A major difficulty in detecting and preventing contamination is that the scale of the problems involved is not easily appreciated. For example, a successful PCR reaction can contain some 1012–1015 amplified molecules in a volume of less than 50μl, which is too large a concentration to comprehend effectively (Kwok & Higuchi 1989). Air movement created when opening PCR tubes or transferring liquids will create and disperse microscopic aerosol droplets, which can easily contain over a million copies of the template per 0.005μl. As a consequence, PCR products can quickly become widely distributed across laboratory surfaces, corridors and through entire buildings via personnel movement and air-handling systems. Since one aerosol droplet can easily contain a thousand times the amount of amplifiable mtDNA found in 1 g of many ancient human specimens (105–106 copies; Handt et al. 1996; Cooper et al. 2001b), aDNA laboratories must be completely isolated both physically and logistically, preferably in buildings free from all molecular biological research. Furthermore, daily personnel movement should only proceed from ancient to modern laboratories, i.e. up the concentration gradient. Such simple precautions can prove as effective as high-tech positive air-pressure and UV irradiation systems, if rigorously enforced.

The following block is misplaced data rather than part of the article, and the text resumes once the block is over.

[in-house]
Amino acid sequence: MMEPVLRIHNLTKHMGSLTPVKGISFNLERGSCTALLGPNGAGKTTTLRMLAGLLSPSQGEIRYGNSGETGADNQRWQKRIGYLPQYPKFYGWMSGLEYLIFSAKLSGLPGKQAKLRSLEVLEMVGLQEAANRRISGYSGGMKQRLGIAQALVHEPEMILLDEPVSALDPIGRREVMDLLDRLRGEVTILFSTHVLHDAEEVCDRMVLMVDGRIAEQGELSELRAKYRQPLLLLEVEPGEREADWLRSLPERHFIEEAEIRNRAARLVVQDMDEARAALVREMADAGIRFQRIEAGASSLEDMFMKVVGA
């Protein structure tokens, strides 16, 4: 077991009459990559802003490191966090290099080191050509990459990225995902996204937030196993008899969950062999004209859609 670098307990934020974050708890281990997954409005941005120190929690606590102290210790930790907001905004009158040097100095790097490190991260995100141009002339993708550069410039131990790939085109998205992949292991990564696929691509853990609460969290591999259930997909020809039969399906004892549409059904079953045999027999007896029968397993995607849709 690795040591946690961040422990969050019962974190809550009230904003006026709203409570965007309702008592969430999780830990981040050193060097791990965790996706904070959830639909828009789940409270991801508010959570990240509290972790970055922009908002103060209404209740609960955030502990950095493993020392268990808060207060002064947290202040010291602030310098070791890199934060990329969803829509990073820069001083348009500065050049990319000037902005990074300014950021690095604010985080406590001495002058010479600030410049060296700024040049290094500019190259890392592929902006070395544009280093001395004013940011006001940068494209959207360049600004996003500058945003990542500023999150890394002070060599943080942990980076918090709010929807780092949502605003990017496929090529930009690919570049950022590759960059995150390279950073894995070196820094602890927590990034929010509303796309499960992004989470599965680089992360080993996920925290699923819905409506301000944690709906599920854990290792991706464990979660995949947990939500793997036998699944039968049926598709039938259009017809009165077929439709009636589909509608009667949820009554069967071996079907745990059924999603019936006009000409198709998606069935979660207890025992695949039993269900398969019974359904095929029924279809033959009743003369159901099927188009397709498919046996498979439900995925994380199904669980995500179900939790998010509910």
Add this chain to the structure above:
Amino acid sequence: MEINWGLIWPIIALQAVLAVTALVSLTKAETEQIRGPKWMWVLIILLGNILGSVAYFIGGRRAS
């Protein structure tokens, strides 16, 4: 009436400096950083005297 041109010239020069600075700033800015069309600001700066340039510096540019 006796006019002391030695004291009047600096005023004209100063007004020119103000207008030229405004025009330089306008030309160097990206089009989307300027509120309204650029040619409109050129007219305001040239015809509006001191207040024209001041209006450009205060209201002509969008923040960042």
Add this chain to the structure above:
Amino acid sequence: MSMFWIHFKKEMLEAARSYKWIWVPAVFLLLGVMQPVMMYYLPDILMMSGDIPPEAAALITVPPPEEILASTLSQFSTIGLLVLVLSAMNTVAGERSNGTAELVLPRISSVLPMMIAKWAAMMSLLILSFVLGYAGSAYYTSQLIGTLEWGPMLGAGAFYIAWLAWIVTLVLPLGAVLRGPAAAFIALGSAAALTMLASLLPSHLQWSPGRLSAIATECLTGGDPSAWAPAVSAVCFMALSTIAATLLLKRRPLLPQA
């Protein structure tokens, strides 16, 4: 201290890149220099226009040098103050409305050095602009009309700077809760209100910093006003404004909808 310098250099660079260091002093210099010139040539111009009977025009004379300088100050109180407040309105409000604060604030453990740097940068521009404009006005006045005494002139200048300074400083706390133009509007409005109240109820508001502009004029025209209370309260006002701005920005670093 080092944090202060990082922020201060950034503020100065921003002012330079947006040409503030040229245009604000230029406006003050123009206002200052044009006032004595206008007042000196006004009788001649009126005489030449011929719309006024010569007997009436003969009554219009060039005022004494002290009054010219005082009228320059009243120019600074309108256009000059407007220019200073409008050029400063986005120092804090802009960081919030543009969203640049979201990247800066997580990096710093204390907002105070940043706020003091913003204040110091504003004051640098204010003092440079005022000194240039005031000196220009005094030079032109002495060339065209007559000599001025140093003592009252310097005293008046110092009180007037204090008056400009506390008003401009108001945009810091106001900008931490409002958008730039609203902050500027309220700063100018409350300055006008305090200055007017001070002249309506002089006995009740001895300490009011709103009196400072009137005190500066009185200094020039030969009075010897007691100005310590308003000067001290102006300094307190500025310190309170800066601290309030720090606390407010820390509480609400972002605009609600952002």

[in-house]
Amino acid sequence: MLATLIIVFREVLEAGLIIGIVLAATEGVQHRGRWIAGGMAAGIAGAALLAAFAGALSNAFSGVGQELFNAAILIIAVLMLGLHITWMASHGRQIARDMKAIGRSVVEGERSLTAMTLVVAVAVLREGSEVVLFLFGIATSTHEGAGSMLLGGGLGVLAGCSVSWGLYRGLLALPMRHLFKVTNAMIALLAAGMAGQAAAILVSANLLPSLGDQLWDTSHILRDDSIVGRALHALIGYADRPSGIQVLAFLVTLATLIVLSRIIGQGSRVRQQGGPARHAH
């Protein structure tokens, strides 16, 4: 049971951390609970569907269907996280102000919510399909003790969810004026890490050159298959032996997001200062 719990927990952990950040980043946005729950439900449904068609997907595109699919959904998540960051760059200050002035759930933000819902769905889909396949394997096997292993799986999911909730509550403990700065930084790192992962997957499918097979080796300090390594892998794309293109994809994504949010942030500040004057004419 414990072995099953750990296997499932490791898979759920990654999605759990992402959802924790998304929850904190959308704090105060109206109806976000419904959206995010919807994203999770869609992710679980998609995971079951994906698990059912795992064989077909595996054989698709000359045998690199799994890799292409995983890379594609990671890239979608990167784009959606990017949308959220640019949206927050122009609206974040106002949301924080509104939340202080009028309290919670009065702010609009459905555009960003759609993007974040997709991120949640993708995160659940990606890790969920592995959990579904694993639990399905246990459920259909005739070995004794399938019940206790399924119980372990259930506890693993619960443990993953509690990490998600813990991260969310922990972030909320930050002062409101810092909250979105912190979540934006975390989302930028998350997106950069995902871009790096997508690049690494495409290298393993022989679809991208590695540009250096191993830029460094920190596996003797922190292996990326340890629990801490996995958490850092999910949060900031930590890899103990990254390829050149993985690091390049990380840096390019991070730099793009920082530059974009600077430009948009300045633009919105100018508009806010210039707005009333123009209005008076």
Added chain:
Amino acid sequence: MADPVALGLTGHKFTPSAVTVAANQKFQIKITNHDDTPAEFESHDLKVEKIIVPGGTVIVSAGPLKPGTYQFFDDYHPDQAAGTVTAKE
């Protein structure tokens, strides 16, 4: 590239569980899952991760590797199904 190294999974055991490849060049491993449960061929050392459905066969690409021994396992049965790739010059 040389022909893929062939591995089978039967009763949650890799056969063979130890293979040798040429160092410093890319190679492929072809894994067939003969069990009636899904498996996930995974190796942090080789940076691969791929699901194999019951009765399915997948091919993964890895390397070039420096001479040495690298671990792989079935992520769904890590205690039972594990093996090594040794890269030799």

Human and microbial DNA and cells are ubiquitous in all laboratory settings. It is prudent to assume that all laboratory reagents and tools are contaminated with human and microbial DNA when arriving from the manufacturer. Extensive cleaning of reagents (e.g. ultrafiltration) and tools is essential, with complete decontamination requiring prolonged exposure (e.g. UV irradiation (45 W, 72 h), baking (more than 180°C, 12 h), acid (2.5 M HCl, 48 h) and/or sodium hypochlorite (5%, 48 h)). Laboratory reagents and commercial equipment marked ‘sterile’ are not guaranteed to be free of either viable cells or nucleic acids. Similarly, autoclaving does not prevent the amplification of short DNA fragments (less than or equal to 150 bp), and often contaminates material with bacterial DNA. These issues are critically important in ancient human and microbial studies, but contamination often cannot be completely ruled out (Willerslev et al. 2004b; M. T. P. Gilbert, unpublished data).